Many parents ask – what is the best way to start brushing my baby’s teeth? Well we have some answers for you!
Begin brushing your baby’s teeth as soon as their first tooth appears. Use a soft, baby toothbrush with just a tiny dab of fluoride toothpaste. Brush twice a day; brushing before bed is especially important. Don’t miss brushing where the teeth and gums meet! Lift your baby’s lip regularly to check for white or brown spots on their teeth. Look closely along the gum line. Call your dentist if you notice anything unusual. Take your baby to see a dentist once their first tooth comes in or by their first birthday. Find a comfortable position:It is often easiest to brush your baby’s teeth when the child is lying down. You will see better and do a better job. Try these positions:
- Hold your baby in your arms in the feeding position.
- Lay your baby on a change table, making sure they cannot fall off.
- Place your baby on a couch or bed, with their head in your lap.
- Lay your baby on the floor with their head on a pillow placed between your legs.
Cleaning your toddler’s teeth: Use a child-size toothbrush with soft bristles. Use a tiny dab of fluoride toothpaste; at age three, it should be the size of a pea. Brush twice a day; brushing before bed is especially important. Brush the tongue, the top of the tooth and both sides of the tooth; remember to brush where the teeth and gums meet, too! Brush for about two minutes. Gums that bleed need more brushing to make them healthy. Take your child to the dentist regularly when they reach one year of age. Remember!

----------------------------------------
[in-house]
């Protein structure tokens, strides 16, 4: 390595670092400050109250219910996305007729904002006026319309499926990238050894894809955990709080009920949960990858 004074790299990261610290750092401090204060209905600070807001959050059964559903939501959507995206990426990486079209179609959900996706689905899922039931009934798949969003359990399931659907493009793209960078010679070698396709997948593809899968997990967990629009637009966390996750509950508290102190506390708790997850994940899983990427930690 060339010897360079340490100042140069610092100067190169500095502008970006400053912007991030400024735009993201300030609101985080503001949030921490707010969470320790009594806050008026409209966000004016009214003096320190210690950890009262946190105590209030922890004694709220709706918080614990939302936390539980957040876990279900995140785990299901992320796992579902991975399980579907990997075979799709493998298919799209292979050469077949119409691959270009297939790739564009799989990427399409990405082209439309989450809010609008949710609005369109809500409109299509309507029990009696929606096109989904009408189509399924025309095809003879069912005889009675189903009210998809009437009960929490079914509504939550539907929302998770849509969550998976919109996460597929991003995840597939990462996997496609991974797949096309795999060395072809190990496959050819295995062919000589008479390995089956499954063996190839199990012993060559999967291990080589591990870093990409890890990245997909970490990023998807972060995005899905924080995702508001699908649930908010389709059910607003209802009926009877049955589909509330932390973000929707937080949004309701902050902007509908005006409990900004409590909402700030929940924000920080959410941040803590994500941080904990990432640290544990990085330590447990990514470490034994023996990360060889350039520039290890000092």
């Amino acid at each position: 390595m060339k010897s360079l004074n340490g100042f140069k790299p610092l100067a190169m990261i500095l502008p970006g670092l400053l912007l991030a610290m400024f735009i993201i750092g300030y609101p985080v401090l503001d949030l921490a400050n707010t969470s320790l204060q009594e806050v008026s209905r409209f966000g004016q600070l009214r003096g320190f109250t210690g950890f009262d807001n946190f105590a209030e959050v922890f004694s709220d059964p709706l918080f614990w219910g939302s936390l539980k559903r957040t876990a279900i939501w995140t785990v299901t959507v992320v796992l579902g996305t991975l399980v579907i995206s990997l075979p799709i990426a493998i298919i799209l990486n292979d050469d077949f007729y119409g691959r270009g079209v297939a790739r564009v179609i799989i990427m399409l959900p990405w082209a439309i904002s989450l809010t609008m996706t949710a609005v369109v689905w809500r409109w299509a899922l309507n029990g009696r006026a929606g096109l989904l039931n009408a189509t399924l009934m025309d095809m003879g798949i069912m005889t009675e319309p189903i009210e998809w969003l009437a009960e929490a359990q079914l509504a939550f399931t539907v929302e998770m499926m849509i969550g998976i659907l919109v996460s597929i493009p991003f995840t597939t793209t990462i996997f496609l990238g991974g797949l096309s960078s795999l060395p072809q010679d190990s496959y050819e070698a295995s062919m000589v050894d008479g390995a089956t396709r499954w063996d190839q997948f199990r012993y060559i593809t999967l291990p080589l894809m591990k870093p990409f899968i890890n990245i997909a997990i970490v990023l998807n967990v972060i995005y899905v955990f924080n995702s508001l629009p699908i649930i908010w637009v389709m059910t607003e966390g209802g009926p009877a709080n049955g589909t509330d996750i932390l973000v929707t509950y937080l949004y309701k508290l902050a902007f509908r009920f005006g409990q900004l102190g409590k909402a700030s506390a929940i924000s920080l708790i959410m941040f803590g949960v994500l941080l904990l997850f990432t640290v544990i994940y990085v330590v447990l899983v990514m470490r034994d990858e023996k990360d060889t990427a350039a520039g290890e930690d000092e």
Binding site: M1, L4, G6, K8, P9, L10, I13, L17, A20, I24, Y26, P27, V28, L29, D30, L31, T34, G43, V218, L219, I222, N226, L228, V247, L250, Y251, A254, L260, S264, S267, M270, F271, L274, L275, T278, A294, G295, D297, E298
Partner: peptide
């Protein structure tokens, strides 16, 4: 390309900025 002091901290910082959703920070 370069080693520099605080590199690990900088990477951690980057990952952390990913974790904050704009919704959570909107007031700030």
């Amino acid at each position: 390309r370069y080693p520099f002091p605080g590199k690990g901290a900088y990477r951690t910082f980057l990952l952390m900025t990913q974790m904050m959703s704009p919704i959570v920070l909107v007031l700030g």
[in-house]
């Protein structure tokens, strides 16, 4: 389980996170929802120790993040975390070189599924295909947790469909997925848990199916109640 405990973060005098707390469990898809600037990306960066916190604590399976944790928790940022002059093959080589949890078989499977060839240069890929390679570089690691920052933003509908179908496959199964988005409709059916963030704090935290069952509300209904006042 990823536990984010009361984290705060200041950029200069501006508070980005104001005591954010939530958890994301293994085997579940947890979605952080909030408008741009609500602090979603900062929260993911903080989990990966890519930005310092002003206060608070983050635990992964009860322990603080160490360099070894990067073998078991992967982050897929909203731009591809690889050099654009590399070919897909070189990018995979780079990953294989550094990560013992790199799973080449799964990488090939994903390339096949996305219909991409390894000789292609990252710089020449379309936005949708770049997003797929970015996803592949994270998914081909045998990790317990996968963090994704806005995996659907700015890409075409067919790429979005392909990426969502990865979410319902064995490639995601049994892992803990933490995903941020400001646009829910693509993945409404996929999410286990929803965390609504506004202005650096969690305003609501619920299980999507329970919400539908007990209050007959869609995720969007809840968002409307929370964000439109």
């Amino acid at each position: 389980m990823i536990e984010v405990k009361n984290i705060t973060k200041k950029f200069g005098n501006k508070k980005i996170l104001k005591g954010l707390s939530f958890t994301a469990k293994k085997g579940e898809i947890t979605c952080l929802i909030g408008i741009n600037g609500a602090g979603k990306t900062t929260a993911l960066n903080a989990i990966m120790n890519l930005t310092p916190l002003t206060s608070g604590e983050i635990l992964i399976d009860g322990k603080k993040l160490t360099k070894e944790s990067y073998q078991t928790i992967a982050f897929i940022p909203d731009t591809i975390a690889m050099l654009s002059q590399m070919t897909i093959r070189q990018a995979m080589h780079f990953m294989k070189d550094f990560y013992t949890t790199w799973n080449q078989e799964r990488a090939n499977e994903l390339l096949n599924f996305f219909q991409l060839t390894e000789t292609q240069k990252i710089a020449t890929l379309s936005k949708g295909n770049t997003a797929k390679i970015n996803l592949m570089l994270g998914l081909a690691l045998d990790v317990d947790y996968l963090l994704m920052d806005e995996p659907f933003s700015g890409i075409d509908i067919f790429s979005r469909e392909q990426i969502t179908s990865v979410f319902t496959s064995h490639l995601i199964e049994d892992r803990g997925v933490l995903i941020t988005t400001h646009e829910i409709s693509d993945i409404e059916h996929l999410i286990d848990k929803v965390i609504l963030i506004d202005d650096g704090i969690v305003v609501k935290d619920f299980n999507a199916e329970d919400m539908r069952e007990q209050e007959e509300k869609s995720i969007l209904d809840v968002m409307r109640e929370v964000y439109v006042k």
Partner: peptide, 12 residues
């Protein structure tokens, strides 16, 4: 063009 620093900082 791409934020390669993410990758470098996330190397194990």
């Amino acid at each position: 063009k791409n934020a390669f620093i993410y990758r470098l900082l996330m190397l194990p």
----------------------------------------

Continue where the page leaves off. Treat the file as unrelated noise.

- Young children cannot clean their own teeth. Do it for them when they are very young; do it with them as they grow.
- Children under eight need you to finish brushing for them.
- Always use toothpaste with fluoride. Fluoride strengthens tooth enamel and helps prevent tooth decay.
- Toothpaste should not be swallowed. Encourage children to spit out toothpaste and keep it out of their reach.
- Discourage ongoing nibbling on foods and sipping on drinks between meals and snacks. This causes ongoing acid attacks on teeth, which can cause tooth decay, even tooth rot.
- Be a great role model: children want to brush their teeth when they see you brushing your own.